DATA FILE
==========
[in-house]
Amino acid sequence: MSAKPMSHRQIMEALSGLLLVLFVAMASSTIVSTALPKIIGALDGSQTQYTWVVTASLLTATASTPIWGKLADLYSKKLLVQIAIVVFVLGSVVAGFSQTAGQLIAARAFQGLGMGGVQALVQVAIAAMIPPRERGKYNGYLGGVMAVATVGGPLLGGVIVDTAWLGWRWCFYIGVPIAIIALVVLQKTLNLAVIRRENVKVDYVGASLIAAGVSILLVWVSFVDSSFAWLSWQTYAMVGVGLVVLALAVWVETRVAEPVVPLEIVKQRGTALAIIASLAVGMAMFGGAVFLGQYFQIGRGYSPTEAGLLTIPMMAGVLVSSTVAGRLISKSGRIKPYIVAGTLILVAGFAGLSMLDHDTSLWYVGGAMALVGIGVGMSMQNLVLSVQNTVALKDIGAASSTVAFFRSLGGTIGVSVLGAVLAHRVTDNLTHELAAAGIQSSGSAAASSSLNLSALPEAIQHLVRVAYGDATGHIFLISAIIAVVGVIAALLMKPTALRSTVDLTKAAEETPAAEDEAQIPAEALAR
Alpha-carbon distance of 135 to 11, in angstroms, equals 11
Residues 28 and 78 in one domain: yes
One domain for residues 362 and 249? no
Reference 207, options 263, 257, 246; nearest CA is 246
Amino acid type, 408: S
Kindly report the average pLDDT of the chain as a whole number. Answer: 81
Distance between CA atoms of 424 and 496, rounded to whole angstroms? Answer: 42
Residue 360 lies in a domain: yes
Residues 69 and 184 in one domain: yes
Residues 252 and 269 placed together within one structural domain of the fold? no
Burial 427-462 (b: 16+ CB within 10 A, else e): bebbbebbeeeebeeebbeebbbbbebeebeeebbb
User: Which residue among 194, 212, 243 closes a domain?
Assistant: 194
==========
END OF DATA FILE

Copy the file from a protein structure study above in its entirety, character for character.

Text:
[in-house]
Amino acid sequence: MSAKPMSHRQIMEALSGLLLVLFVAMASSTIVSTALPKIIGALDGSQTQYTWVVTASLLTATASTPIWGKLADLYSKKLLVQIAIVVFVLGSVVAGFSQTAGQLIAARAFQGLGMGGVQALVQVAIAAMIPPRERGKYNGYLGGVMAVATVGGPLLGGVIVDTAWLGWRWCFYIGVPIAIIALVVLQKTLNLAVIRRENVKVDYVGASLIAAGVSILLVWVSFVDSSFAWLSWQTYAMVGVGLVVLALAVWVETRVAEPVVPLEIVKQRGTALAIIASLAVGMAMFGGAVFLGQYFQIGRGYSPTEAGLLTIPMMAGVLVSSTVAGRLISKSGRIKPYIVAGTLILVAGFAGLSMLDHDTSLWYVGGAMALVGIGVGMSMQNLVLSVQNTVALKDIGAASSTVAFFRSLGGTIGVSVLGAVLAHRVTDNLTHELAAAGIQSSGSAAASSSLNLSALPEAIQHLVRVAYGDATGHIFLISAIIAVVGVIAALLMKPTALRSTVDLTKAAEETPAAEDEAQIPAEALAR
Alpha-carbon distance of 135 to 11, in angstroms, equals 11
Residues 28 and 78 in one domain: yes
One domain for residues 362 and 249? no
Reference 207, options 263, 257, 246; nearest CA is 246
Amino acid type, 408: S
Kindly report the average pLDDT of the chain as a whole number. Answer: 81
Distance between CA atoms of 424 and 496, rounded to whole angstroms? Answer: 42
Residue 360 lies in a domain: yes
Residues 69 and 184 in one domain: yes
Residues 252 and 269 placed together within one structural domain of the fold? no
Burial 427-462 (b: 16+ CB within 10 A, else e): bebbbebbeeeebeeebbeebbbbbebeebeeebbb
User: Which residue among 194, 212, 243 closes a domain?
Assistant: 194